Matthew 24:8
New International Version
All these are the beginning of birth pains.

New Living Translation
But all this is only the first of the birth pains, with more to come.

English Standard Version
All these are but the beginning of the birth pains.

Berean Study Bible
All these are the beginning of birth pains.

Berean Literal Bible
And all these are the beginning of birth pains.

New American Standard Bible
"But all these things are merely the beginning of birth pangs.

King James Bible
All these are the beginning of sorrows.

Christian Standard Bible
All these events are the beginning of labor pains.

Contemporary English Version
But this is just the beginning of troubles.

Good News Translation
All these things are like the first pains of childbirth.

Holman Christian Standard Bible
All these events are the beginning of birth pains.

International Standard Version
But all these things are only the beginning of the birth pains."

NET Bible
All these things are the beginning of birth pains.

New Heart English Bible
But all these things are the beginning of birth pains.

Aramaic Bible in Plain English
But all these things are the beginning of sorrows.

GOD'S WORD® Translation
All of these are only the beginning pains [of the end].

New American Standard 1977
“But all these things are merely the beginning of birth pangs.

Jubilee Bible 2000
All these are the beginning of sorrows.

King James 2000 Bible
All these are the beginning of sorrows.

American King James Version
All these are the beginning of sorrows.

American Standard Version
But all these things are the beginning of travail.

Douay-Rheims Bible
Now all these are the beginnings of sorrows.

Darby Bible Translation
But all these [are the] beginning of throes.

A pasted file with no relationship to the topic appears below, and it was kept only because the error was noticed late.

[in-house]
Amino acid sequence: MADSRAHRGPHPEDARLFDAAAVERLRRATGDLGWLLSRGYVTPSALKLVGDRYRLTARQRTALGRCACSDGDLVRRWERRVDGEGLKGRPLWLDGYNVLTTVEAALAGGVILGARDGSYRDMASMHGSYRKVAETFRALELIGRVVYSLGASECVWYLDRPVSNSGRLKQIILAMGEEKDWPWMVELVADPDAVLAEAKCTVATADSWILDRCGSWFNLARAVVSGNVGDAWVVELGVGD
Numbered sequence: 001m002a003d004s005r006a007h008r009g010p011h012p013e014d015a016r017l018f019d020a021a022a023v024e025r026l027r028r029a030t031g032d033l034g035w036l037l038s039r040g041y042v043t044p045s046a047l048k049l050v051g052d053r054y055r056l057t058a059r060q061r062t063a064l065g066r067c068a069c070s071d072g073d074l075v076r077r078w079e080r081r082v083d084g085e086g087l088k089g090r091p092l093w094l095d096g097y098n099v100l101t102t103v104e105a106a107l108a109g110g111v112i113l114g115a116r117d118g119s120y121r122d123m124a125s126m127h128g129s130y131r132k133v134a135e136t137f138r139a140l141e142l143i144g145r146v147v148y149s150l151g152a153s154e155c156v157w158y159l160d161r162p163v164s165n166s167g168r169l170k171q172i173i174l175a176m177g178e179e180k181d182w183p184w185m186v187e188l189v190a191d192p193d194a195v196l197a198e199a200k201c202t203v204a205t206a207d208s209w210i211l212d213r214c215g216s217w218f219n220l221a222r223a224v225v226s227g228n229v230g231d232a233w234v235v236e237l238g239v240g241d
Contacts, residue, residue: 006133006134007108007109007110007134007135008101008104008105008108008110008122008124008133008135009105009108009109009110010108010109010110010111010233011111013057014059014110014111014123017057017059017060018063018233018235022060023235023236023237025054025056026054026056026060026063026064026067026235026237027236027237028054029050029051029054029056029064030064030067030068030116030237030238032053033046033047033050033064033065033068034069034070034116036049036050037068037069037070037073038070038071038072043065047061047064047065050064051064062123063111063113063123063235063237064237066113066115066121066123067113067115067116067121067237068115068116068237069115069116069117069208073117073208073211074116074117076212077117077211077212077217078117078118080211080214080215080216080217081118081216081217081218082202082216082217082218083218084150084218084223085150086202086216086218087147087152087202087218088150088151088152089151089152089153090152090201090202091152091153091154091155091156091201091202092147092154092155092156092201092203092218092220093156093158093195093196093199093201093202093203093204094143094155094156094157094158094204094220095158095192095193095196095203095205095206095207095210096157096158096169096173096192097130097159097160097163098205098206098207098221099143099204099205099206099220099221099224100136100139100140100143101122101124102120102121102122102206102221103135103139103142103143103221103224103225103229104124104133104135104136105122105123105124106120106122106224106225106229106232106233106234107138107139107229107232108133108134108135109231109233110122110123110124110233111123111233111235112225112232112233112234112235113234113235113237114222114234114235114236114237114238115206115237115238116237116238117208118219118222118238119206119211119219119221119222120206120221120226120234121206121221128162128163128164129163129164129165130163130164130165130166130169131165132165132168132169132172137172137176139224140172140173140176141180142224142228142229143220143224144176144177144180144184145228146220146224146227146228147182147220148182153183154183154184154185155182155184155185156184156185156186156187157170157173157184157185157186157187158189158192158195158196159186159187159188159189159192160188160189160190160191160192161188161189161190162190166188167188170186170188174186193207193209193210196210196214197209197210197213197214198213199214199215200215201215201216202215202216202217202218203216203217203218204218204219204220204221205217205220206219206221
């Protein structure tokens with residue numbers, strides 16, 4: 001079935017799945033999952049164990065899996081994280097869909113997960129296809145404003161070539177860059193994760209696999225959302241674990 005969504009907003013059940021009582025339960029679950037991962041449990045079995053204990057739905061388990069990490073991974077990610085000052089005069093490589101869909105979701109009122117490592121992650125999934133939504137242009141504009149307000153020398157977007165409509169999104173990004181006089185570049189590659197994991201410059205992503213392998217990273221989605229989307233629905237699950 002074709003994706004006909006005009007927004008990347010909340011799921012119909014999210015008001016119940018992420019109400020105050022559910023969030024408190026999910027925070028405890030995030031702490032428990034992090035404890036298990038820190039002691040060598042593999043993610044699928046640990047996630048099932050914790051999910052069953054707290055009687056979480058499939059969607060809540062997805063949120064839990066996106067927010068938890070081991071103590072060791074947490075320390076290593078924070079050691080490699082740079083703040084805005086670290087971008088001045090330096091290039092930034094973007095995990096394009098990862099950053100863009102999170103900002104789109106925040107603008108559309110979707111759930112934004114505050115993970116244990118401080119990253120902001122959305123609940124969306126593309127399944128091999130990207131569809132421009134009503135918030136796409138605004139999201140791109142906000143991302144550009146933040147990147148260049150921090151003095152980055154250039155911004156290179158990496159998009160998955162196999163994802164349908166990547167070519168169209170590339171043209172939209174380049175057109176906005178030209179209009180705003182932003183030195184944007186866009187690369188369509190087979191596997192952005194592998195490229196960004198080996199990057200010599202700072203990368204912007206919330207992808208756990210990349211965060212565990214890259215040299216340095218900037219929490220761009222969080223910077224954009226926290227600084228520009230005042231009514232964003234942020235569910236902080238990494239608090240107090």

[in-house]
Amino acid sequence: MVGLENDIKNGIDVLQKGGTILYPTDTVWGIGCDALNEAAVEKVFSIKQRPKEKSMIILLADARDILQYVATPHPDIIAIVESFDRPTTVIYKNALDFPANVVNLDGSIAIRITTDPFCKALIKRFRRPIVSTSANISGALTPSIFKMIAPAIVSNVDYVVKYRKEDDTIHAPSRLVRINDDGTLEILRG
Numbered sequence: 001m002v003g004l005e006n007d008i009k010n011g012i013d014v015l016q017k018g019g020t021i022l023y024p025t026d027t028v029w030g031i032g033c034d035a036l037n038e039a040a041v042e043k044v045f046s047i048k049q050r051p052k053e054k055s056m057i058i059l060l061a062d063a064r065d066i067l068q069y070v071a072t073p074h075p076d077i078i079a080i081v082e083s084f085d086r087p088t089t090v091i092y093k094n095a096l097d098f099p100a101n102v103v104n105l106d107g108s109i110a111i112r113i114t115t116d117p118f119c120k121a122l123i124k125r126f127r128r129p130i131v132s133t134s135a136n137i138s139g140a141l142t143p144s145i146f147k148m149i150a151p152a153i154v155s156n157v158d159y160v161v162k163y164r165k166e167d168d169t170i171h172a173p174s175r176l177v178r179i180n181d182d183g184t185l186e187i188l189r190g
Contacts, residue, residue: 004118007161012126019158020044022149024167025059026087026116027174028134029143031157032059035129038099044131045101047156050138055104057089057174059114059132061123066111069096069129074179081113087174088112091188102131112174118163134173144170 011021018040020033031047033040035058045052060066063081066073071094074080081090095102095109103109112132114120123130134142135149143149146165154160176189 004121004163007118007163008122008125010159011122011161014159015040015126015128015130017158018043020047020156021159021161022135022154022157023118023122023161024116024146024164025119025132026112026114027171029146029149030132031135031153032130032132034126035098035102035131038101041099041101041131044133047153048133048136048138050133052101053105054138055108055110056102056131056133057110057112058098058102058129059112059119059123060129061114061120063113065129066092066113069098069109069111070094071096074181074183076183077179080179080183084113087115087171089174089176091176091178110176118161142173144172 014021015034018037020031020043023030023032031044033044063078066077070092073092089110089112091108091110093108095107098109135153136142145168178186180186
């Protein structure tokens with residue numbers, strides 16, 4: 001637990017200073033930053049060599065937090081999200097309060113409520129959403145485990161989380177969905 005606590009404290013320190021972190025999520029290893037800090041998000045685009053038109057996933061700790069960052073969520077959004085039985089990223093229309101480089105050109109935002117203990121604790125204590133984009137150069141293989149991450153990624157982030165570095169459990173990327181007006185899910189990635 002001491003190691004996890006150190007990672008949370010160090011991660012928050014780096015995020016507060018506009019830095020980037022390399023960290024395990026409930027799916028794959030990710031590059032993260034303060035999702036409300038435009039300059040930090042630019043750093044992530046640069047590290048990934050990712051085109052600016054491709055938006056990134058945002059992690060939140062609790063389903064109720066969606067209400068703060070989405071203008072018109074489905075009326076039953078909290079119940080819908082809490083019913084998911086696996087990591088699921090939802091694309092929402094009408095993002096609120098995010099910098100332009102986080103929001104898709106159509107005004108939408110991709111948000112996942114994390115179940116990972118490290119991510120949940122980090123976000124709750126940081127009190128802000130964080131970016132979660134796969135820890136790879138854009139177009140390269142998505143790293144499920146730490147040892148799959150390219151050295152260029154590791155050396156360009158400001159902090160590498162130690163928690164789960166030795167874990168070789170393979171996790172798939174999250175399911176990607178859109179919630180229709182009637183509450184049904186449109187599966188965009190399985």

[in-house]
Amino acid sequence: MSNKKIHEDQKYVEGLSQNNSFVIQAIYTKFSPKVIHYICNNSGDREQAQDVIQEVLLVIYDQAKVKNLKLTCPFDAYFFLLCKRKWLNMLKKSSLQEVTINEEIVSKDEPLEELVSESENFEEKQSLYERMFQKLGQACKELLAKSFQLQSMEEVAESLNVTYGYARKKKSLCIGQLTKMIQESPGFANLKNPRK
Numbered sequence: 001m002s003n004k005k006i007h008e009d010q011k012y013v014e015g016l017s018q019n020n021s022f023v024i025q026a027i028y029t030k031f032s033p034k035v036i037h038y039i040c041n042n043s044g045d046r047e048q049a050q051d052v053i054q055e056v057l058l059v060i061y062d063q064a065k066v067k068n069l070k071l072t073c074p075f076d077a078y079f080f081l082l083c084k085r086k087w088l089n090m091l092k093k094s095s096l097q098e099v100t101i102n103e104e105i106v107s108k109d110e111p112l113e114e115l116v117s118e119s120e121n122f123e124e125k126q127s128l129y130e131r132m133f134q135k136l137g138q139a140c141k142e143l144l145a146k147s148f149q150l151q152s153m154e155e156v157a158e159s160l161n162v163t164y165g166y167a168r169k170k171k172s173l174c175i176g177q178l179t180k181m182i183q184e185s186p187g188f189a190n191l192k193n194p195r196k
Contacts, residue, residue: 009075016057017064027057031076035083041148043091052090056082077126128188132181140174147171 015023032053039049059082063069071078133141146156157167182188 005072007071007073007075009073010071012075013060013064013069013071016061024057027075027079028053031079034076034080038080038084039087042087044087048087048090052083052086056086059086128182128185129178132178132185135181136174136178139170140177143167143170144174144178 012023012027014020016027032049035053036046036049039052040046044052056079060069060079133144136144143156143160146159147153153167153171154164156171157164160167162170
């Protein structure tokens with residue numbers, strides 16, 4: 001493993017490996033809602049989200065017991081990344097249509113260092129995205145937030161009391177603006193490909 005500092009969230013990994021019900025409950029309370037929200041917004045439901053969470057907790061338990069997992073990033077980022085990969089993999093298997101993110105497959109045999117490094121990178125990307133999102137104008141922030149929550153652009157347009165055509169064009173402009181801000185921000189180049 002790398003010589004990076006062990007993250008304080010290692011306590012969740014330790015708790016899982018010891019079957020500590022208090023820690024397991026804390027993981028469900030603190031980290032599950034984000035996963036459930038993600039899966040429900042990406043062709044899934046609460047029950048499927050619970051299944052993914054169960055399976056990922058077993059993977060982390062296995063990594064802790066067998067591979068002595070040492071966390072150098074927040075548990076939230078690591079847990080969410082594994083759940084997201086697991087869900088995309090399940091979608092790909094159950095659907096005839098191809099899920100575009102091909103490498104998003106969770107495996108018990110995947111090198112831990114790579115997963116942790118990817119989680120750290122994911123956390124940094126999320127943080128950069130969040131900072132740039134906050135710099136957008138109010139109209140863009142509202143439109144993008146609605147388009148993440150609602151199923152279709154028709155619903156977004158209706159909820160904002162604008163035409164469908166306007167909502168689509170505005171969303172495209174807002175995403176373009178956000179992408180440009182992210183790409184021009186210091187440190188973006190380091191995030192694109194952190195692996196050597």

English Revised Version
But all these things are the beginning of travail.

Webster's Bible Translation
All these are the beginning of sorrows.

Weymouth New Testament
but all these miseries are but like the early pains of childbirth.

World English Bible
But all these things are the beginning of birth pains.

Young's Literal Translation
and all these are the beginning of sorrows;
Study Bible
Signs of the End of the Age
7Nation will rise against nation, and kingdom against kingdom. There will be famines and earthquakes in various places. 8All these are the beginning of birth pains. 9Then they will deliver you over to be persecuted and killed, and you will be hated by all nations on account of My name.…
Cross References
Hosea 13:13
Labor pains come upon him, but he is an unwise son. When the time has arrived, he does not present himself at the opening of the womb.

Mark 13:8
Nation will rise against nation, and kingdom against kingdom. There will be earthquakes in various places, as well as famines. These are the beginning of birth pains.

Luke 21:12
But before all this, they will seize you and persecute you. On account of My name, they will deliver you to the synagogues and prisons, and they will bring you before kings and governors.

James 5:1
Come now, you who are rich, weep and wail for the misery to come upon you.

Treasury of Scripture

All these are the beginning of sorrows.

Leviticus 26:18-29
And if ye will not yet for all this hearken unto me, then I will punish you seven times more for your sins…

Deuteronomy 28:59
Then the LORD will make thy plagues wonderful, and the plagues of thy seed, even great plagues, and of long continuance, and sore sicknesses, and of long continuance.

Isaiah 9:12,17,21
The Syrians before, and the Philistines behind; and they shall devour Israel with open mouth. For all this his anger is not turned away, but his hand is stretched out still…







Lexicon
All
πάντα (panta)
Adjective - Nominative Neuter Plural
Strong's Greek 3956: All, the whole, every kind of. Including all the forms of declension; apparently a primary word; all, any, every, the whole.

these [are]
ταῦτα (tauta)
Demonstrative Pronoun - Nominative Neuter Plural
Strong's Greek 3778: This; he, she, it.

[the] beginning
ἀρχὴ (archē)
Noun - Nominative Feminine Singular
Strong's Greek 746: From archomai; a commencement, or chief.

of birth pains.
ὠδίνων (ōdinōn)
Noun - Genitive Feminine Plural
Strong's Greek 5604: The pain of childbirth, acute pain, severe agony, a snare. Akin to odune; a pang or throe, especially of childbirth.